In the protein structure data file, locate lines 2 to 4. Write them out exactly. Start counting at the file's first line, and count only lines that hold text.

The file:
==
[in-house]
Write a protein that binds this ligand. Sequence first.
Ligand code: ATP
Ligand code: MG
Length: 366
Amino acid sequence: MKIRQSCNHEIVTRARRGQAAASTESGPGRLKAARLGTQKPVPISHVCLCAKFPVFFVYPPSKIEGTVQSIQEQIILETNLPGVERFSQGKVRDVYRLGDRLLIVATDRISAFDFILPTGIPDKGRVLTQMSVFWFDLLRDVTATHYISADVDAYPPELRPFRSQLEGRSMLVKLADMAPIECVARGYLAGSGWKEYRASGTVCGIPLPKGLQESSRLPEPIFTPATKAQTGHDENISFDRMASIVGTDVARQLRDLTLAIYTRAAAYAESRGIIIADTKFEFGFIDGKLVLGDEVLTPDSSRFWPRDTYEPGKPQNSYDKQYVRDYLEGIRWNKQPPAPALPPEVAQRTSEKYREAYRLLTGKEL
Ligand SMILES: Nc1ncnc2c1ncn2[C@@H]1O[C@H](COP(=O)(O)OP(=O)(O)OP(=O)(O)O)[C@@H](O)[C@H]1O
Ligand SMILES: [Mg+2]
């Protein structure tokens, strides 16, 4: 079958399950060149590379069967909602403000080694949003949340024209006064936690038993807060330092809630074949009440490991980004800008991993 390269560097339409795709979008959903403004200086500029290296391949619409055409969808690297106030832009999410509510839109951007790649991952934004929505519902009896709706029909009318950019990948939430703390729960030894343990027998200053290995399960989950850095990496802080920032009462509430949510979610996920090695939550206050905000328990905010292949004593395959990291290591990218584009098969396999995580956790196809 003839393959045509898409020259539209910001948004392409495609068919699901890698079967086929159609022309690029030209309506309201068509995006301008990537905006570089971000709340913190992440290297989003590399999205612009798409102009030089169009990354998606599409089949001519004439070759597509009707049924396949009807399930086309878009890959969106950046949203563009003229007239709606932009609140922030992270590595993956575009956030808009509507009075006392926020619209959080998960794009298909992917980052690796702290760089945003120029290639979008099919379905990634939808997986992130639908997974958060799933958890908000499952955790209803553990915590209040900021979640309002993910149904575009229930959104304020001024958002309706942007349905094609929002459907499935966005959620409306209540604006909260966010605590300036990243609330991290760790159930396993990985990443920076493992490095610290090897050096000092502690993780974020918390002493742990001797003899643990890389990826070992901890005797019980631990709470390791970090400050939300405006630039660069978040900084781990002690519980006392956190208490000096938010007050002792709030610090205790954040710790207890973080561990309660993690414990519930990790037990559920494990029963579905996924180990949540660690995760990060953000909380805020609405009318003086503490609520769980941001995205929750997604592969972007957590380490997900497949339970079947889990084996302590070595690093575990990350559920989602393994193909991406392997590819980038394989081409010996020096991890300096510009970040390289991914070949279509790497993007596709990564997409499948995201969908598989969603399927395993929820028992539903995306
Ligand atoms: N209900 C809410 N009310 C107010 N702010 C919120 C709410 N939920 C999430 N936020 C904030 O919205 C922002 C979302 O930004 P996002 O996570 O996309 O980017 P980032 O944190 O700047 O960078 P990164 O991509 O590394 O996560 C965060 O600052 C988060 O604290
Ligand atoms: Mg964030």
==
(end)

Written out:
Write a protein that binds this ligand. Sequence first.
Ligand code: ATP
Ligand code: MG